Editorial: Charitable donations are a form of influence-peddling. And they should be stopped – About Your Online Magazine

It is a truism about politics that money follows power.

And in California, those with money who want to influence those with legislative power have a myriad of legal ways to do so. Individuals, companies and special interests seeking to obtain favors from elected officials can donate to reelection campaign accounts through political action committees, give gifts, pay for exotic travel and dinner and wine for employees – all within the limits set by law .

There are also indirect ways to buy goodwill, often without limits; one of the most problematic is through the use of “orderly payments”. It is when elected officials ask donors to donate to a specific non-profit organization or government program. The only legal requirement is that donations over $ 5,000 be reported to the state’s Fair Political Practices Commission.

These are just campaign donations disguised on a charitable facade – and must be stopped, or at least severely restricted.

Unfortunately, this is unlikely to happen. Politicians are reluctant to give up their power to solicit charitable contributions from companies, wealthy individuals and other donors with a lot of money. Behested payments support noble causes and make politicians appear generous and engaged without having to spend a dime. Naturally, non-profit organizations and service providers who receive money also like the system.

The system has resisted reforms, even modest ones, at the state and local levels. In 2014, the California Legislature passed a bill prohibiting orderly payments to non-profit organizations owned or controlled by the employee or the family of the employee who requested the funds, which is hard to believe was allowed. In fact, it is still allowed because the project was vetoed by then Gov. Jerry Brown.

But let’s be clear about what is at stake: elected leaders use their power and position to ask for donations, often from people who have commercial interests in their jurisdiction. These people make donations knowing that it will please the elected leader, who can help their business interests.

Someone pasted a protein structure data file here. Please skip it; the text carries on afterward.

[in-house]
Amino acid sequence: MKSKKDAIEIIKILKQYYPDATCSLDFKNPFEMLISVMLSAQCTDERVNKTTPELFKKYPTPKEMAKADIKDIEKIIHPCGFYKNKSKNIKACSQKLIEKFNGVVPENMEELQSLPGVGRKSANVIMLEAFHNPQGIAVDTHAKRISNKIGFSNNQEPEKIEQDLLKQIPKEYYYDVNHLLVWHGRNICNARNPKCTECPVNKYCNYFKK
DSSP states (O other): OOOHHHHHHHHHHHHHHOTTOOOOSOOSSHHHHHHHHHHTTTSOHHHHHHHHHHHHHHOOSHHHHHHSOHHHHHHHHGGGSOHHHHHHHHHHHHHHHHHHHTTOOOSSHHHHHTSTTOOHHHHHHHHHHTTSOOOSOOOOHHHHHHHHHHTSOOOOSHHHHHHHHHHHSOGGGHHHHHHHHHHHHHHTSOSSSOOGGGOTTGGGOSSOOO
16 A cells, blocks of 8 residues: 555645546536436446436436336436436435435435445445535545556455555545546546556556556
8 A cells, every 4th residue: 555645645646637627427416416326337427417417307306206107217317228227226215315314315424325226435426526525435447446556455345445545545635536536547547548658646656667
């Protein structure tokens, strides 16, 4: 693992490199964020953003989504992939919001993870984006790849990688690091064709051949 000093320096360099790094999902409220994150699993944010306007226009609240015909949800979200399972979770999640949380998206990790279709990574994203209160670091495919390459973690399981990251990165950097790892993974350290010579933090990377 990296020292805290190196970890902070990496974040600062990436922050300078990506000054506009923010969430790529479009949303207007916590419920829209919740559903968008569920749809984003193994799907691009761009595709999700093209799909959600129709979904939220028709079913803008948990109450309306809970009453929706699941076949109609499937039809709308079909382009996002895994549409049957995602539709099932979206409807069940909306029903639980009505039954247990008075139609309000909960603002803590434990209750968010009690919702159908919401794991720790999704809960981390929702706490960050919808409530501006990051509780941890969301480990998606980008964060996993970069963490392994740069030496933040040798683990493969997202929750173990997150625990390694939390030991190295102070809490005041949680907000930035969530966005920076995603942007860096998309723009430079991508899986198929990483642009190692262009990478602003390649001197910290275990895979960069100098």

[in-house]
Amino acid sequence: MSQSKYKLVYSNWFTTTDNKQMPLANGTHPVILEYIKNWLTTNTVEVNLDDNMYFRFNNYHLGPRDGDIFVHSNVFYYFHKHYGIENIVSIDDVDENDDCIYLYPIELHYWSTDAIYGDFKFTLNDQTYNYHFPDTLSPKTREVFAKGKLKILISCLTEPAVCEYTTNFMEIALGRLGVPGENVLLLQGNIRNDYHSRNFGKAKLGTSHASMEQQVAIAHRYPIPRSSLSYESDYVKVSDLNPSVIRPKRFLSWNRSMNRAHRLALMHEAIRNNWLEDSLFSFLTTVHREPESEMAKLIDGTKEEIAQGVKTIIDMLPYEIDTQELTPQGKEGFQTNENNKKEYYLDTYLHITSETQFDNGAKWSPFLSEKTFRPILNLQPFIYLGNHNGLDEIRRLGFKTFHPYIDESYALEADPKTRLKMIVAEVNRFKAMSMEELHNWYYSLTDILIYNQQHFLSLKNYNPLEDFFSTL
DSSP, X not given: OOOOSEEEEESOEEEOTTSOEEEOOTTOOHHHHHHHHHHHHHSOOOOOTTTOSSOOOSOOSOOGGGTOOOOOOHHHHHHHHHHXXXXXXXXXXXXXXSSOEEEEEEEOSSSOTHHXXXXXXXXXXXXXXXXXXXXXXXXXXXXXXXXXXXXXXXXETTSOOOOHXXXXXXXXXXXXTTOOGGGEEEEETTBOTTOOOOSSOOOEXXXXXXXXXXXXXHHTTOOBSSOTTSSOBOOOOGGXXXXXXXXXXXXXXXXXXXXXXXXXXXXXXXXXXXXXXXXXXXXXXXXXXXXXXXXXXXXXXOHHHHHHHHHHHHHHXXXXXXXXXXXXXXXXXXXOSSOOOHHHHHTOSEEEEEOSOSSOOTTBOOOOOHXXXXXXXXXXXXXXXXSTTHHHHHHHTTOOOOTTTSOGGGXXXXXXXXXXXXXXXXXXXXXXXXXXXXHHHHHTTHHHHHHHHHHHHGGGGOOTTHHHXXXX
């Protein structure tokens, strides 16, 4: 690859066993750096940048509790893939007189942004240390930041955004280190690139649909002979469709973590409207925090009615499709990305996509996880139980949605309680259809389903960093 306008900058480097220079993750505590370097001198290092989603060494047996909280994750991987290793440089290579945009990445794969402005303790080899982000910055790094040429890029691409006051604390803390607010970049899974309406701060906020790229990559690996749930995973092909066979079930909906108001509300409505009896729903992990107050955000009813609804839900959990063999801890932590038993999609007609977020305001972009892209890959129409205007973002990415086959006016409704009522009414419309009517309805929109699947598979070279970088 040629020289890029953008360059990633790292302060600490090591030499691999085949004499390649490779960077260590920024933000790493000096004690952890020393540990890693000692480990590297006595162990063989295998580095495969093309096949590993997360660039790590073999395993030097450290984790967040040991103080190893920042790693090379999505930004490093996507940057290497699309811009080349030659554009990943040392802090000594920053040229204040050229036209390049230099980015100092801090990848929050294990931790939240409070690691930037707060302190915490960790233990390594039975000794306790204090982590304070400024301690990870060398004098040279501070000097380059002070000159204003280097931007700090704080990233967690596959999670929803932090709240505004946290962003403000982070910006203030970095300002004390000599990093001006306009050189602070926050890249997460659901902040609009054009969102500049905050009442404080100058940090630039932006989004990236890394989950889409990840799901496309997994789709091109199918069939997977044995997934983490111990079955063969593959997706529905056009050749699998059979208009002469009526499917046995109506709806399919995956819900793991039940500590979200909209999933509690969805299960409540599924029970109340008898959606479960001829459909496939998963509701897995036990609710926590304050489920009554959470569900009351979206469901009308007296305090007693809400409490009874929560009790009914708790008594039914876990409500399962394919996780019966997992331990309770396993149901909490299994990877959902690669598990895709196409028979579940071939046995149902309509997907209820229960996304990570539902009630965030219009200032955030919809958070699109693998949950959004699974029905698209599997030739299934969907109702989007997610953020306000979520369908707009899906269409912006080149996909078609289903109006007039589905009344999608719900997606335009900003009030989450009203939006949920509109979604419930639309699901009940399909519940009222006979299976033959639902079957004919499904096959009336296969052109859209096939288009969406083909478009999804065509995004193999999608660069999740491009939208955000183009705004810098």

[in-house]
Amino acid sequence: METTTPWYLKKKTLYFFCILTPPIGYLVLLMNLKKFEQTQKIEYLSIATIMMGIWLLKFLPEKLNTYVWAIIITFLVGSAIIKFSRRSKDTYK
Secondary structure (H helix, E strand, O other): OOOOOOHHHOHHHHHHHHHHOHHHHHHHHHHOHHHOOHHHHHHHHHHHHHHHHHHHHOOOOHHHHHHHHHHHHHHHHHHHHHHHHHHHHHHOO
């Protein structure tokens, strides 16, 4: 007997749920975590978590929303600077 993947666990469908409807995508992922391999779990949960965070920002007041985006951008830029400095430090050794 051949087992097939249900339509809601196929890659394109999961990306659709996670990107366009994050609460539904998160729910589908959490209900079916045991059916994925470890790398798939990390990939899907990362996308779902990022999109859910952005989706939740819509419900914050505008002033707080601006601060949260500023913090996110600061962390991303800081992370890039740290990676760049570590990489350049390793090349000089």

And it seems to help in some cases. THE Analysis of the L.A. Times of payments ordered to Governor Gavin Newsom revealed that some of the companies that contributed $ 226 million to government causes on behalf of Newsom last year received government contracts without bidding. Others had business pending before the governor or sought favorable nominations on important state councils. The governor’s office says this was a case of the private sector eager to help the state respond to the COVID-19 pandemic, but it seems uncomfortable how to pay to play, however.

A few years ago, the Los Angeles Ethics Commission analyzed charity donations induced by politicians and found that more than half of the requested payments reported by elected L.A. officials came from donors doing business with the city. For this reason, and to reduce the appearance of paying for gambling, the commission recommended banning payments made by people with businesses before the city. The City Council, however, rejected the reform.

Elected officials justify donations as invaluable because the money goes to good works. But limiting requested payments would not prevent civic-minded companies from donating to nonprofits or supporting community events on their own initiative. For the sake of their own reputations, they would still have a responsibility to be good neighbors and corporate citizens. And even if the requested payments end tomorrow, elected officials could still make broad public appeals via email or social media to help their favorite charity. What makes ordered payments so insidious is direct ordering.

Worse, an increasing number of taxpayers are able to donate to favorite causes of politicians anonymously, forwarding requested payments through donor-recommended funds. These funds are a type of charity donation account offered by some nonprofit foundations and for-profit investment firms, and they allow the donor to receive income tax deductions and remain anonymous.

For example, after Newsom’s office reported a $ 1 million payment from the Silicon Valley Community Foundation, L.A. Times reporter Melody Gutierrez confirmed the money it did not come from the foundation itself, but from the account of an individual or company with the foundation. The name of the actual donor remains a secret from the public, but probably not from the governor who requested the donation.

That’s it a problem at the local level, also. L.A. Mayor Eric Garcetti raised about $ 3.8 million in donor funds for his charity, the Mayor’s Fund for Los Angeles. While it is a small part of the $ 60 million that Garcetti raised for charity, the evasion of transparency requirements is worrying. But even when fully publicized, ordered donations of interests that seek city approvals or contracts are corrosive.

It is not surprising that donor-advised funds are the fastest growing vehicles for charitable giving. Lawmakers must recover and close gaps in state law that allow these donors to avoid disclosure. At a minimum, they should also ban donations made by companies and individuals actively seeking government contracts. Better yet, they should get rid of incorrect payments completely and clean up the pay-to-play spot.

Paula Fonseca